• Just Sustainability Solutions

  • New York City high school students learn how to survey park users as part of a Woodland Ecology Research Mentorship. Photo by Nancy Sonti, USDA Forest Service

  • The High Line park in New York City

  • Image from Rupprecht 2017

  • From the Urban Omnibus

  • Davie Street community garden in Vancouver, BC. Community gardens can help "green" a neighborhood, but can also make it prone to gentrification. By partnering with community land trusts, communitty gardens can be off-limits to develompent in perpetuity. Photo by Geoff Peters.

  • Just Sustainability

    According to Agyeman, sustainability practices should embrace justice and social equity. Without them, any environmental victories we achieve may not be shared by all.

    City sustainability and planning departments should undertake a top-to-bottom analysis of their policies and practices to ensure social equity are baked into them.

  • Ecosystem Service Valuations by Local Residents

    Urban planning and park allocation has traditionally been the perview of city planning and parks departments. Historically very little community input has gone into the planning process, and cities across the U.S. are suffering the consequences of this top-down approach. A bottom-up approach is needed.

    Ecosystem service valuation is the process whereby beneficiaries of the natural environment value their benefits. Workshops can be held with local residents to determine what services they value most and what their preferences are for parks. Many studies have shown that dialogue with local participants can further conservation goals while empowering communities.

  • The Green Line

    Many cities suffer from unequal park distribution, and "park deserts" - negatively impacting low-income neighborhoods. One solution may be a regional bus line that runs from park to park throughout a city. The line could even make runs to regional and national parks, thus connecting people to the outdoors.

    A creative example is The ParkBusa shuttle service operating in Canada since 2010. Parkbus connects city dwellers with nature through accessible transportation options. They operate bus services to National and Provincial Parks from major cities across Canada. 

     

  • Just Green Enough Development

    Sustainability theorists and practitioners have proposed a new way to plan urban development. "Just green enough” development.  It’s the notion of making a neighborhood more livable without triggering gentrification.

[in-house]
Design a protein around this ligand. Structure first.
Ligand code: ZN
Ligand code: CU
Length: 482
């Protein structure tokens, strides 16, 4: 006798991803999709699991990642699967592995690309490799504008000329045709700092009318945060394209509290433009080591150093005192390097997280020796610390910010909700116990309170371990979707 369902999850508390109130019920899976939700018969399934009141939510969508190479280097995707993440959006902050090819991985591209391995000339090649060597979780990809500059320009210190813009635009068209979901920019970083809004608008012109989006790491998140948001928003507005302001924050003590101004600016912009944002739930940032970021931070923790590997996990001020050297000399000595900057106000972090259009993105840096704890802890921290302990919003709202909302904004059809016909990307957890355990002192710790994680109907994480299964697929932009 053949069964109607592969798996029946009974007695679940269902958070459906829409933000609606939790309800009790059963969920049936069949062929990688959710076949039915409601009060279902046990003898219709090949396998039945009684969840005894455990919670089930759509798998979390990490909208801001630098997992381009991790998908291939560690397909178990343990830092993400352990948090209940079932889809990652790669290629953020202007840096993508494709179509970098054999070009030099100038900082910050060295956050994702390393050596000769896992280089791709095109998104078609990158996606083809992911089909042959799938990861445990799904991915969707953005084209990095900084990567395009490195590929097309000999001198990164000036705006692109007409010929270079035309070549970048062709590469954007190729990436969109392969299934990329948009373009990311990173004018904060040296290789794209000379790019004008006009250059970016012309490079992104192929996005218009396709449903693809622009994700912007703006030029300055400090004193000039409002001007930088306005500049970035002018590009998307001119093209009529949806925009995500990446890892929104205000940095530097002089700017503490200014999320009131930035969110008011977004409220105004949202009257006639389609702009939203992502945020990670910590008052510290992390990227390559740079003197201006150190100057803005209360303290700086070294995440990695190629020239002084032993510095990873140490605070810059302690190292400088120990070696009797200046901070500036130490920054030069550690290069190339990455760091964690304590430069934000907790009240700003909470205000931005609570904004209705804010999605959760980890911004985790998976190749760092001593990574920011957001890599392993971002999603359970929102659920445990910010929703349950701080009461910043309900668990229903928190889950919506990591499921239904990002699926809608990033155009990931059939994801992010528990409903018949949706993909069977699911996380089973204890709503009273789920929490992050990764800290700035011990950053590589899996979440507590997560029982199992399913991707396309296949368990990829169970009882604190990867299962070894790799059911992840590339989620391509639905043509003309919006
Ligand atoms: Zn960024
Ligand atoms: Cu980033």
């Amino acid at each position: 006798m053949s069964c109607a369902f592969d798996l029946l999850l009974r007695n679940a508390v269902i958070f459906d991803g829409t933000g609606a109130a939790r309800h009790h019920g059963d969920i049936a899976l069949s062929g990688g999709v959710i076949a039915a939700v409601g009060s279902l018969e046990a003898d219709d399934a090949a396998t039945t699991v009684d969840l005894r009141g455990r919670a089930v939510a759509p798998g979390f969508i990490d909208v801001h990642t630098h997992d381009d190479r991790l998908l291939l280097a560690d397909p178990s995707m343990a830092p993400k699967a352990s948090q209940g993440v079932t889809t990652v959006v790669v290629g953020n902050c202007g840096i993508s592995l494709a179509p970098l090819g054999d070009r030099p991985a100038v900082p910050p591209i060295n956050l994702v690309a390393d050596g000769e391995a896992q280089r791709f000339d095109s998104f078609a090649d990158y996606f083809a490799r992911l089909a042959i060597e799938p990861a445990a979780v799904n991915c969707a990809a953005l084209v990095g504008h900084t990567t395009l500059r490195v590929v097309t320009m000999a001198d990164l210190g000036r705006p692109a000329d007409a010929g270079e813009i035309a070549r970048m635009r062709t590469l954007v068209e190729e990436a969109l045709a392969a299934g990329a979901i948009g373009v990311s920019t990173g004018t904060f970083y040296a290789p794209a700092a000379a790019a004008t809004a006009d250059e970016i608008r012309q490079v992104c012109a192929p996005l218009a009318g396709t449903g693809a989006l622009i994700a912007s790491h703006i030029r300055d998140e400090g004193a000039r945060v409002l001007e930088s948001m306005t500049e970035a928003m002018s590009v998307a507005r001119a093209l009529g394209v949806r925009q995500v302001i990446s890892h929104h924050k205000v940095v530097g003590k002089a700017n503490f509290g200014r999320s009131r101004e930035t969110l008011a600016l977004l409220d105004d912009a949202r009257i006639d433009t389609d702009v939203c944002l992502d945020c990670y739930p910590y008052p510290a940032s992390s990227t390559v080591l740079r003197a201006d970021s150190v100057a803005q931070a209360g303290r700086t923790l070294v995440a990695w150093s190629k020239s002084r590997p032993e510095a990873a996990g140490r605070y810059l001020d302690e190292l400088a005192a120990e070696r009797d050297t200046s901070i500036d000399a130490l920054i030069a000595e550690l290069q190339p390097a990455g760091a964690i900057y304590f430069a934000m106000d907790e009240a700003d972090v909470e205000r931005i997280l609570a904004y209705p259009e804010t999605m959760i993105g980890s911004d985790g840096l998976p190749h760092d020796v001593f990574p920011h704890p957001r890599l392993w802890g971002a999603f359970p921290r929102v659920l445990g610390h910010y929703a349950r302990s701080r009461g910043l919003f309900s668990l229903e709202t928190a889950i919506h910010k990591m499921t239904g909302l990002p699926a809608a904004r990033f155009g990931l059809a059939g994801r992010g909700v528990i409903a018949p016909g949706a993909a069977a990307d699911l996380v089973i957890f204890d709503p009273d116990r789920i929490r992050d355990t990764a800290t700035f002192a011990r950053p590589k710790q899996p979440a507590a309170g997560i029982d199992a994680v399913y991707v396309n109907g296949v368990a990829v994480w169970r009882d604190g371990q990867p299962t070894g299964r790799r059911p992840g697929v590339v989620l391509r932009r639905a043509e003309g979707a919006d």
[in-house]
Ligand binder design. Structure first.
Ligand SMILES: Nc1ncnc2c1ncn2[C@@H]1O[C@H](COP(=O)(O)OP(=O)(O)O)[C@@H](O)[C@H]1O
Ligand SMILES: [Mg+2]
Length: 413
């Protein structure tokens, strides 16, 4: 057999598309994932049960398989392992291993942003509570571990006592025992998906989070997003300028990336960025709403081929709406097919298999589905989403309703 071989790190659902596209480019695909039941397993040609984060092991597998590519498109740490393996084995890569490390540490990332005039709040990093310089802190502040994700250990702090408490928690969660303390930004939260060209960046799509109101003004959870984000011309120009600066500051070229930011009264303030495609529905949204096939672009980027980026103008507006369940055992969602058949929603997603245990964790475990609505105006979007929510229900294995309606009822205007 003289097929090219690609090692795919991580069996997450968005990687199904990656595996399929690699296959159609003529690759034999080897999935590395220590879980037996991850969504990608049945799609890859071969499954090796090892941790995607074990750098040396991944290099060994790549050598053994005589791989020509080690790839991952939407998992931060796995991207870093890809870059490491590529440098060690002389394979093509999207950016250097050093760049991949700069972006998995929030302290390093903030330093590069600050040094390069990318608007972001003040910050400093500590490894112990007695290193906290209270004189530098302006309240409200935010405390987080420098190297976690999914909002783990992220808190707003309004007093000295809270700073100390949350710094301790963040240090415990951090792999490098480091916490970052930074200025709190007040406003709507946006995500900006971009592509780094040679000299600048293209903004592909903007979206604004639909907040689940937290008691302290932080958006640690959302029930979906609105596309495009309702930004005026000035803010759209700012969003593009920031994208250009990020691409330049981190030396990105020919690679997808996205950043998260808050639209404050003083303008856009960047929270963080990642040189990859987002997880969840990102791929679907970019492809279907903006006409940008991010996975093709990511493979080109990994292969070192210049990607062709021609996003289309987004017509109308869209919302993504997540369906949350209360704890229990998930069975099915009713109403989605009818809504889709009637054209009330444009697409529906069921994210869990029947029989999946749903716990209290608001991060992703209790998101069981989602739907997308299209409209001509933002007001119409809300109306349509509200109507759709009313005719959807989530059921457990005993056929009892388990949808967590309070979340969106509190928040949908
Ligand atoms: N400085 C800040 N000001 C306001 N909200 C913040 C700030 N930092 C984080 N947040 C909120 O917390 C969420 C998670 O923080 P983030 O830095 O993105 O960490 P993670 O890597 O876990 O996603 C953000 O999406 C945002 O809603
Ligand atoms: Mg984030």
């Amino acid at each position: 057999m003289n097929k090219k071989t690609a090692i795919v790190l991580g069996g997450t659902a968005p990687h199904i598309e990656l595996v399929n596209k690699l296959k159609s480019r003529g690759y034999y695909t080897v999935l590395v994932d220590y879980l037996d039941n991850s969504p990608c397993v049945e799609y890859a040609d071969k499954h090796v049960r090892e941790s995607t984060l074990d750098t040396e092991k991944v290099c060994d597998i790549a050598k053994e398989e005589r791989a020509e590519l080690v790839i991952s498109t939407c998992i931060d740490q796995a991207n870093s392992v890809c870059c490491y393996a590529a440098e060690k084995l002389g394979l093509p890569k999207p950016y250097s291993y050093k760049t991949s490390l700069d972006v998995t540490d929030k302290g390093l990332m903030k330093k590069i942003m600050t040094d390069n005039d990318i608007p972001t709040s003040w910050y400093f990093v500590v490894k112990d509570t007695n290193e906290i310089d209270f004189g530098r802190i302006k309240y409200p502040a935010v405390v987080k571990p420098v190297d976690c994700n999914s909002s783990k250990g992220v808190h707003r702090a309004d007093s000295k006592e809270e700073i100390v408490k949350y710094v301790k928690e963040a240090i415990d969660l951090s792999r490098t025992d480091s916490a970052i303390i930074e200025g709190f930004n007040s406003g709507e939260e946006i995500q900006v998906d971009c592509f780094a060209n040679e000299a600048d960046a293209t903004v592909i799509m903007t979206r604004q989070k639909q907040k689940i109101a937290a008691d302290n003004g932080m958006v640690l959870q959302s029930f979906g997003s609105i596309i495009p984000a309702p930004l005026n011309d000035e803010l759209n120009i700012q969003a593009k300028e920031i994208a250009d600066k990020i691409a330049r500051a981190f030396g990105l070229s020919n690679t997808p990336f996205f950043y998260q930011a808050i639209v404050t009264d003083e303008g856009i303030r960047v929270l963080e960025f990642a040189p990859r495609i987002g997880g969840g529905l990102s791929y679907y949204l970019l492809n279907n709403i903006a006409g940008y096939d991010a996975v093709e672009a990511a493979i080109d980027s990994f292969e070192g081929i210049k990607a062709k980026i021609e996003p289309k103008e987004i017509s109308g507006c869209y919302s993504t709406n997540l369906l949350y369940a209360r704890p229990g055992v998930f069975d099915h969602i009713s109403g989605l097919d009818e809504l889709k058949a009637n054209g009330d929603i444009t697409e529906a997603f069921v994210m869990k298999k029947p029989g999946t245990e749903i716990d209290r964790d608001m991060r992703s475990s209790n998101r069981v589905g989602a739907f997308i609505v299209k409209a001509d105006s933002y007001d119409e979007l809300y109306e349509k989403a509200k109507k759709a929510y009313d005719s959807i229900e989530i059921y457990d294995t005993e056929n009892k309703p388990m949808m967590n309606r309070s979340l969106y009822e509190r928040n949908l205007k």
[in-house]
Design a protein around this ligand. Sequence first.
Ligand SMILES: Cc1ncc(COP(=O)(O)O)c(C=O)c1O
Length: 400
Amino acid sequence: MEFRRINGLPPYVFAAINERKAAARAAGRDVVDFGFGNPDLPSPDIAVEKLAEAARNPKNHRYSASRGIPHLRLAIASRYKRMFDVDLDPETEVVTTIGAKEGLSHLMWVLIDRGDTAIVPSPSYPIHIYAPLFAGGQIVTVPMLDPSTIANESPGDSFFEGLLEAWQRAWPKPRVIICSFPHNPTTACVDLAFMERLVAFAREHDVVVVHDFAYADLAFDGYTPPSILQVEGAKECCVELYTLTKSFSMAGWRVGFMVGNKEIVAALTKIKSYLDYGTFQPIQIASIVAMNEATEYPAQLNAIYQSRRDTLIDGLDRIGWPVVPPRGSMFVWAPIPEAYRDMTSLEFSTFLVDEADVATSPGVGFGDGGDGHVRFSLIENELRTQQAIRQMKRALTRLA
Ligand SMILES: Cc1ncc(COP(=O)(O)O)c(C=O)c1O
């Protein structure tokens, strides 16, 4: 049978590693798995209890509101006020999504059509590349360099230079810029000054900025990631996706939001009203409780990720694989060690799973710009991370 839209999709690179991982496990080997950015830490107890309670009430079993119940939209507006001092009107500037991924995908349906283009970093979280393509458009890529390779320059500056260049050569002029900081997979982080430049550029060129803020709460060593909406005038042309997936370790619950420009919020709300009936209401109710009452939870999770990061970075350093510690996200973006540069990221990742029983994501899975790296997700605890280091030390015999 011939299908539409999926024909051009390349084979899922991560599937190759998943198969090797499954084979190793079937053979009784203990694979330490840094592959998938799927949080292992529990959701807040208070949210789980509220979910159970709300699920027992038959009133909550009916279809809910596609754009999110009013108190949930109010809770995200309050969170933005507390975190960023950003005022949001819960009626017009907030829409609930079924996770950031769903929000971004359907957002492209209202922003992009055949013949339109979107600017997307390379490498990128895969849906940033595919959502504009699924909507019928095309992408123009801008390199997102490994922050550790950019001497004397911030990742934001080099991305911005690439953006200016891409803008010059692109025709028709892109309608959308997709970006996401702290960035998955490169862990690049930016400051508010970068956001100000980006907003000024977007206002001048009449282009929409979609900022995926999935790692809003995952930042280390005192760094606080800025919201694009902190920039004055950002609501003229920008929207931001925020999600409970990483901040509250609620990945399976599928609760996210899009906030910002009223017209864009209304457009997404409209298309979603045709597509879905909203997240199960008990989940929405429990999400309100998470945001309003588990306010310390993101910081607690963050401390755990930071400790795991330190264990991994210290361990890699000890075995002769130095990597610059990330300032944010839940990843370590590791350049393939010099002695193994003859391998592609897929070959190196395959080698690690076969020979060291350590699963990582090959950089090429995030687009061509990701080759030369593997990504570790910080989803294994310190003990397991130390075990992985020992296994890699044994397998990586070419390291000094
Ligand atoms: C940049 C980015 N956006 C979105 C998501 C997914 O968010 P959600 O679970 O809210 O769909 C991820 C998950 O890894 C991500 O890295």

Community

    • Community activism and coalition building
    • Democratic process

    Planning

    • "Planners must be willing to design projects determined by specific community needs and preferences."
    • "…prioritize small and scattered parks and community gardens, which can distribute access throughout a neighborhood, rather than flashy, large-scale projects of the type that tend to attract attention and real estate speculation." (Wolch et al. 2014)

    Design

    • Small scale, scattered site interventions
    • Informal green space 

    Governance

    • Afordability protections for residents
    • Financial incentives for home ownership
    • Creative City Ordinances

    Example: In efforts to impede gentrification in Chicago, Chicago’s City Council has proposed an ordinance that would increase the demolition fee for residential properties and charge a conversion fee when multiple-unit buildings are turned into single-family homes. The aldermen aim at preserving the existing housing stock and affordable housing in areas near The 606, a popular bike and pedestrian trail built on an old elevated railroad line.

  • Community Land Trusts

    Community Land trusts are nonprofit, community-run organizations that steward land to provide housing or community resources that are affordable in perpetuity.They help facilitate community-driven planning to address the community's needs.

    A CLT typically acquires land through purchase, foreclosure, or donation from a private individual or local government. The trust separates ownership of the land from ownership of the property on top of it. The community-controlled corporation owns the land, and leases out parcels to private persons or businesses, typically for a term of 99 years. The lessees own whatever is on top of the land, but the property has certain restrictions to keep it affordable and responsive to community needs, such as income eligibility and resale stipulations.

    More information can be found at the Urban Omnibus website - https://urbanomnibus.net/2018/01/community-land-trusts/

This portfolio last updated: 17-Jan-2019 12:14 PM